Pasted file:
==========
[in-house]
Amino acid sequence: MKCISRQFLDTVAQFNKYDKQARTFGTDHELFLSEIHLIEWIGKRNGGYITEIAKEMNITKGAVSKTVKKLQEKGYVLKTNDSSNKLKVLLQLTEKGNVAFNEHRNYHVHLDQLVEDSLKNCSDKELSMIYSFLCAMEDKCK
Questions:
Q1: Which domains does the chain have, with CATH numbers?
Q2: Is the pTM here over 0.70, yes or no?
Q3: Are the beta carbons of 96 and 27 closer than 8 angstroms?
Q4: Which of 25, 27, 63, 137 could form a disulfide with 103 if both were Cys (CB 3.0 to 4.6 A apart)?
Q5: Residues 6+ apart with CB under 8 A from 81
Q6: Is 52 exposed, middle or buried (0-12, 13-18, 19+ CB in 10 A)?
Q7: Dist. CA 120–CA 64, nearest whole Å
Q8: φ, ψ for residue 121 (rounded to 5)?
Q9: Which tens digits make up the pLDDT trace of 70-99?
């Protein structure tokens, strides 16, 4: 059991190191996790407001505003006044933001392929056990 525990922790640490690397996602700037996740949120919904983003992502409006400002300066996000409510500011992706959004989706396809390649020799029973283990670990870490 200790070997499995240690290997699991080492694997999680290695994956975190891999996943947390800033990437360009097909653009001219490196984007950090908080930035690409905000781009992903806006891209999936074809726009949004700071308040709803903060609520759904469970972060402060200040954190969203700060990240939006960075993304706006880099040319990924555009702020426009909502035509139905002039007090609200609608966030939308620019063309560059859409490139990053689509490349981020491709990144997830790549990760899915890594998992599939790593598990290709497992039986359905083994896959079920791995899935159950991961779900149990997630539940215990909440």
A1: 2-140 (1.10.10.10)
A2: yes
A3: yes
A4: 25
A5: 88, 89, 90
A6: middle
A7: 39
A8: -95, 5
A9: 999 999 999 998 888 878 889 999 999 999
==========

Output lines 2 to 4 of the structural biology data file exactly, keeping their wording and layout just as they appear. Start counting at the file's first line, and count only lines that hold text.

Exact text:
Amino acid sequence: MKCISRQFLDTVAQFNKYDKQARTFGTDHELFLSEIHLIEWIGKRNGGYITEIAKEMNITKGAVSKTVKKLQEKGYVLKTNDSSNKLKVLLQLTEKGNVAFNEHRNYHVHLDQLVEDSLKNCSDKELSMIYSFLCAMEDKCK
Questions:
Q1: Which domains does the chain have, with CATH numbers?